There's no question that women love shoes, and for all sorts of good reasons. They can make an outfit, make a woman four inches taller, or help perfect a walk.
In cowboy boots (happily back this year), it's a strut. In platform heels (never really out), it's a swing. And wearing the black trainers on the market today, it's a jog with the confidence that finally, our shoes look as good as the rest of us does.
No one disputes the importance of shoes, especially women's shoes. And one by one, the big department stores of New York have been acknowledging their importance by dedicating Very Large Areas of Space over to them. Most recently it's Macy's, which upped the ante by opening the largest shoe store department in the world this past August. It's on the second floor of their Herald Square flagship, and stocks more than a quarter of a million styles. That's right, a quarter of a million styles. For women only. (Sorry, guys. You might spend a chunk on each pair of shoes you own, but we have you beat in quantity.)
So what's accounts for the growth of women's shoes? It's simple: sales per square foot and profit margins on shoes are among the highest in the fashion industry. Margins hover around 50%. And how much is this industry worth? Almost $22 billion a year, as reported last June for the previous 12 months.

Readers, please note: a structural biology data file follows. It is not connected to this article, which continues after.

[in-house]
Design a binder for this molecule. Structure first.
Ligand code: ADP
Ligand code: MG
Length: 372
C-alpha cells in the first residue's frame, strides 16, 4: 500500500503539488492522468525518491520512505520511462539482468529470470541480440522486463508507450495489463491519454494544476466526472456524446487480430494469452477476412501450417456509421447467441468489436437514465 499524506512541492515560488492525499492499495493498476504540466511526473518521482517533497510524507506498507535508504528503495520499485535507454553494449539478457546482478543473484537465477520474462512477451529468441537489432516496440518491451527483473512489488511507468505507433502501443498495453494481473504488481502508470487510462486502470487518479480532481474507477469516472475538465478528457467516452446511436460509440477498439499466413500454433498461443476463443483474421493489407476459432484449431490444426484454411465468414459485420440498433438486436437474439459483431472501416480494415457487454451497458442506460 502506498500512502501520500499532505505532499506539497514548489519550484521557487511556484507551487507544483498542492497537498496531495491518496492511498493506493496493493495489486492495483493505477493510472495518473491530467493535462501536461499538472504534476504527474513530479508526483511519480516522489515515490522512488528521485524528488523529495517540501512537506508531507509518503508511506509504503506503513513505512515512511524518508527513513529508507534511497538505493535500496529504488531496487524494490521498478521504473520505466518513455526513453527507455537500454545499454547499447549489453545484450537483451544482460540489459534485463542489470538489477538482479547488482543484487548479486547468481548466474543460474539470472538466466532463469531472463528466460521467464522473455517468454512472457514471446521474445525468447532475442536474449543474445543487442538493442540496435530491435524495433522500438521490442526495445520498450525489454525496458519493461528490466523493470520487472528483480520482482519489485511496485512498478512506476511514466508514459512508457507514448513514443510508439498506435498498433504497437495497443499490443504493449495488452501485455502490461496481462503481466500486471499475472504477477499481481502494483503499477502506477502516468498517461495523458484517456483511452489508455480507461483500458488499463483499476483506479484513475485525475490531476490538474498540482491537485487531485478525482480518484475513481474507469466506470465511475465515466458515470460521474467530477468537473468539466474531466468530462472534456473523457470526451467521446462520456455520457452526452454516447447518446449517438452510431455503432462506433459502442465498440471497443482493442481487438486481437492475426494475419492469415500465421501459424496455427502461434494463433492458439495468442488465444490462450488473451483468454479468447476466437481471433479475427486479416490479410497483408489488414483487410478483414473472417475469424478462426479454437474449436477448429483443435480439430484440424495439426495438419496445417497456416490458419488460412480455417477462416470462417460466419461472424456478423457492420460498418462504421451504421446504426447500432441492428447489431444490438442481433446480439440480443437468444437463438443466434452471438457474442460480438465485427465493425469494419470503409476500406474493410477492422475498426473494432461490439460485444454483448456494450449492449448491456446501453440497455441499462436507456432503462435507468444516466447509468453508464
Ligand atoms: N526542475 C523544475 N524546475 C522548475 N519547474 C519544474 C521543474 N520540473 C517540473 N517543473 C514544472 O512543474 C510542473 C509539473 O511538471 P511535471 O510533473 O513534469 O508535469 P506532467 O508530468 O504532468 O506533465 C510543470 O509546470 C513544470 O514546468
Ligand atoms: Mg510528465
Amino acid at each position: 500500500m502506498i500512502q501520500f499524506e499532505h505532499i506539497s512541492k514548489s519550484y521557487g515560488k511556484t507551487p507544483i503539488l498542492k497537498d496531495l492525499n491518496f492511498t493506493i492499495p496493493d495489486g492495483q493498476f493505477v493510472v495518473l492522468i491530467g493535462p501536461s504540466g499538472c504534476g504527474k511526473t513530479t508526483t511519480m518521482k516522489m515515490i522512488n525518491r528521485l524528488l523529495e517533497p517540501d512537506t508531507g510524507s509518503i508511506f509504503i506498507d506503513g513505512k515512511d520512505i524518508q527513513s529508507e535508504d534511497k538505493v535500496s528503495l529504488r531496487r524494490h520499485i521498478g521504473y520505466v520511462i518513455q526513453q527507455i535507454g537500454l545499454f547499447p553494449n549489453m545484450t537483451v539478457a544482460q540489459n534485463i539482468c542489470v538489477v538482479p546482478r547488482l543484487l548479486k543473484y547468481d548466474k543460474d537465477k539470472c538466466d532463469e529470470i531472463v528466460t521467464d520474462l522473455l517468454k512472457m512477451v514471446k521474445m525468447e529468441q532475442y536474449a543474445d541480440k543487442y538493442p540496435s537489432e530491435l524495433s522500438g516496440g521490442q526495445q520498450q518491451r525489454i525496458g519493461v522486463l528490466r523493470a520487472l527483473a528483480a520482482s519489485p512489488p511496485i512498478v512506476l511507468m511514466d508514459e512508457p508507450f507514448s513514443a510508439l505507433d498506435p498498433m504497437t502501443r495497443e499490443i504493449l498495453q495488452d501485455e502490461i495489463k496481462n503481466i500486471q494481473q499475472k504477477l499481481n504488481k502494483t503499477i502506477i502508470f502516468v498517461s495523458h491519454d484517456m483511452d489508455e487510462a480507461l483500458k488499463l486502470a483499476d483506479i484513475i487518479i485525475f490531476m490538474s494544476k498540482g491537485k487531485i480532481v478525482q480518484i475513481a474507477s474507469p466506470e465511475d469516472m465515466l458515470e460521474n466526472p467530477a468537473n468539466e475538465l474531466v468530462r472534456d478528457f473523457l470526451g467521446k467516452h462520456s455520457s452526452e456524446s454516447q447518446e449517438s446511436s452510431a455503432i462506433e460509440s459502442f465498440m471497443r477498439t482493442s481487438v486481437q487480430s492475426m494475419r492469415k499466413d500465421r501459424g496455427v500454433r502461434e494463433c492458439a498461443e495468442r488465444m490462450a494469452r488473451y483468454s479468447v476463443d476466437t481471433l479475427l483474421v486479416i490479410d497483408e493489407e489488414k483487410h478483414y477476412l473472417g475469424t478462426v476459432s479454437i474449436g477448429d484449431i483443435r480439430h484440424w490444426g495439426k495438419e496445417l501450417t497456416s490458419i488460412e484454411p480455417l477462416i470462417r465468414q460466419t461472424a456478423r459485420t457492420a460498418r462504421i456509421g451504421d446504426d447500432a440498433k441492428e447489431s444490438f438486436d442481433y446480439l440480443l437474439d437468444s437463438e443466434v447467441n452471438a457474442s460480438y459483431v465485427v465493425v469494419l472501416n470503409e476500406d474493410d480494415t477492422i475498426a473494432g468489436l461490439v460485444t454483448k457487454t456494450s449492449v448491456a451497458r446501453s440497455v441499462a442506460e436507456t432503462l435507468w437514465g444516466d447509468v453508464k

We can thank the girls of Sex & the City for bringing footwear to centre stage. Largely because of their characters' shoe fetishes, Christian Louboutin, Manolo Blahnik and Jimmy Choo became household names. Christian Louboutin's red soles can be identified from 15 metres away, and are now status symbols the world over. This fall, they were seen on the bottom of shoes made by Guess, which makes us wonder how long those will stay on the market. (Interestingly, Louboutin's trademark case came about because of fellow luxury designer YSL's all-red shoes, which included red soles. The court has ruled that in the case of all-red shoes, a red sole is permissible, but not in the case of a red sole appearing on another colour shoe.)
But back to Macy's shoe temple. Suffice to say, it's not the place to zip in and zip out over your lunch hour to make a quick purchase to complete your outfit for Saturday's date. Security is tight, and tourists have added it to their list of must-see destinations. But if you've got time, or you want to impress your shoe-loving cousin from Seattle, you'll probably find what you're looking for.
And for the rest of us, located too far away for a weekend visit, at least there's international shipping.